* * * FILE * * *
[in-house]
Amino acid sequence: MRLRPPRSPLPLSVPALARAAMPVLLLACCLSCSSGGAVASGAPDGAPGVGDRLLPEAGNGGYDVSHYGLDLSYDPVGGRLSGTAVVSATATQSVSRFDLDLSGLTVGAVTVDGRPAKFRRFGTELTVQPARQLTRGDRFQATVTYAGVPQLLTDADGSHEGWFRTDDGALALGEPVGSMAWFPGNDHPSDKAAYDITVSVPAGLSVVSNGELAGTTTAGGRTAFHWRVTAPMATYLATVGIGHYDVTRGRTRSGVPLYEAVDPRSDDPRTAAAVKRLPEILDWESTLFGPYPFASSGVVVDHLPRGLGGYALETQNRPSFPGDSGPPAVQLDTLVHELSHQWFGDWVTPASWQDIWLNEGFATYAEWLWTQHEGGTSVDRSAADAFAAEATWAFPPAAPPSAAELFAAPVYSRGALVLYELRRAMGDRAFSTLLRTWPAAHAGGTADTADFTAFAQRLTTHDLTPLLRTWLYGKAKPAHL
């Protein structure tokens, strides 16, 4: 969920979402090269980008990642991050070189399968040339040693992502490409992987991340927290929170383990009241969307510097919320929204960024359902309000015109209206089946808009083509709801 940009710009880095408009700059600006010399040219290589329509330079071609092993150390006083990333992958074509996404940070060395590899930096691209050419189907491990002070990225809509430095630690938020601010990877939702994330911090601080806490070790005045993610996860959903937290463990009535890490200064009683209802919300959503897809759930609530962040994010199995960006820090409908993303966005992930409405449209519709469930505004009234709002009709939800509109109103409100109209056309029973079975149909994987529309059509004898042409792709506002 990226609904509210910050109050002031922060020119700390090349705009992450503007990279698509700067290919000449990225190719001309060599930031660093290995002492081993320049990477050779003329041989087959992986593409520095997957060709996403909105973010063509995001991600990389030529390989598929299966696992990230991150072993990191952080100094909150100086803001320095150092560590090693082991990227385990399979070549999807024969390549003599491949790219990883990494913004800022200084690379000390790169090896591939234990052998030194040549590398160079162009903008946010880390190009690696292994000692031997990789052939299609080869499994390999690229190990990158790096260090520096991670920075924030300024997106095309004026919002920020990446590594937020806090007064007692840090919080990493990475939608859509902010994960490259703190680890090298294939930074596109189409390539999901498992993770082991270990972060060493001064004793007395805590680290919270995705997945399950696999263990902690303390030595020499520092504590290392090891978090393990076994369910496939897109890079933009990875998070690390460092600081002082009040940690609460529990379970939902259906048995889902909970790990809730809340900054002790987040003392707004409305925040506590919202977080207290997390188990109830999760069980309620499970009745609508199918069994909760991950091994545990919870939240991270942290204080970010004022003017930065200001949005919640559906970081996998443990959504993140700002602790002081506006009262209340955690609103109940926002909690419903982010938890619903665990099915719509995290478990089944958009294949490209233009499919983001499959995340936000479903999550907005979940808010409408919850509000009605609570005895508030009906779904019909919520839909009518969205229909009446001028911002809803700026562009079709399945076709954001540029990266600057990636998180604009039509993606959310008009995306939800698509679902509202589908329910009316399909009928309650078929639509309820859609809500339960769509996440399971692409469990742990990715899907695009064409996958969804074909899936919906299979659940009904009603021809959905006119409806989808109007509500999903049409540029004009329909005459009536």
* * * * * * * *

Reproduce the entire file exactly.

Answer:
[in-house]
Amino acid sequence: MRLRPPRSPLPLSVPALARAAMPVLLLACCLSCSSGGAVASGAPDGAPGVGDRLLPEAGNGGYDVSHYGLDLSYDPVGGRLSGTAVVSATATQSVSRFDLDLSGLTVGAVTVDGRPAKFRRFGTELTVQPARQLTRGDRFQATVTYAGVPQLLTDADGSHEGWFRTDDGALALGEPVGSMAWFPGNDHPSDKAAYDITVSVPAGLSVVSNGELAGTTTAGGRTAFHWRVTAPMATYLATVGIGHYDVTRGRTRSGVPLYEAVDPRSDDPRTAAAVKRLPEILDWESTLFGPYPFASSGVVVDHLPRGLGGYALETQNRPSFPGDSGPPAVQLDTLVHELSHQWFGDWVTPASWQDIWLNEGFATYAEWLWTQHEGGTSVDRSAADAFAAEATWAFPPAAPPSAAELFAAPVYSRGALVLYELRRAMGDRAFSTLLRTWPAAHAGGTADTADFTAFAQRLTTHDLTPLLRTWLYGKAKPAHL
């Protein structure tokens, strides 16, 4: 969920979402090269980008990642991050070189399968040339040693992502490409992987991340927290929170383990009241969307510097919320929204960024359902309000015109209206089946808009083509709801 940009710009880095408009700059600006010399040219290589329509330079071609092993150390006083990333992958074509996404940070060395590899930096691209050419189907491990002070990225809509430095630690938020601010990877939702994330911090601080806490070790005045993610996860959903937290463990009535890490200064009683209802919300959503897809759930609530962040994010199995960006820090409908993303966005992930409405449209519709469930505004009234709002009709939800509109109103409100109209056309029973079975149909994987529309059509004898042409792709506002 990226609904509210910050109050002031922060020119700390090349705009992450503007990279698509700067290919000449990225190719001309060599930031660093290995002492081993320049990477050779003329041989087959992986593409520095997957060709996403909105973010063509995001991600990389030529390989598929299966696992990230991150072993990191952080100094909150100086803001320095150092560590090693082991990227385990399979070549999807024969390549003599491949790219990883990494913004800022200084690379000390790169090896591939234990052998030194040549590398160079162009903008946010880390190009690696292994000692031997990789052939299609080869499994390999690229190990990158790096260090520096991670920075924030300024997106095309004026919002920020990446590594937020806090007064007692840090919080990493990475939608859509902010994960490259703190680890090298294939930074596109189409390539999901498992993770082991270990972060060493001064004793007395805590680290919270995705997945399950696999263990902690303390030595020499520092504590290392090891978090393990076994369910496939897109890079933009990875998070690390460092600081002082009040940690609460529990379970939902259906048995889902909970790990809730809340900054002790987040003392707004409305925040506590919202977080207290997390188990109830999760069980309620499970009745609508199918069994909760991950091994545990919870939240991270942290204080970010004022003017930065200001949005919640559906970081996998443990959504993140700002602790002081506006009262209340955690609103109940926002909690419903982010938890619903665990099915719509995290478990089944958009294949490209233009499919983001499959995340936000479903999550907005979940808010409408919850509000009605609570005895508030009906779904019909919520839909009518969205229909009446001028911002809803700026562009079709399945076709954001540029990266600057990636998180604009039509993606959310008009995306939800698509679902509202589908329910009316399909009928309650078929639509309820859609809500339960769509996440399971692409469990742990990715899907695009064409996958969804074909899936919906299979659940009904009603021809959905006119409806989808109007509500999903049409540029004009329909005459009536």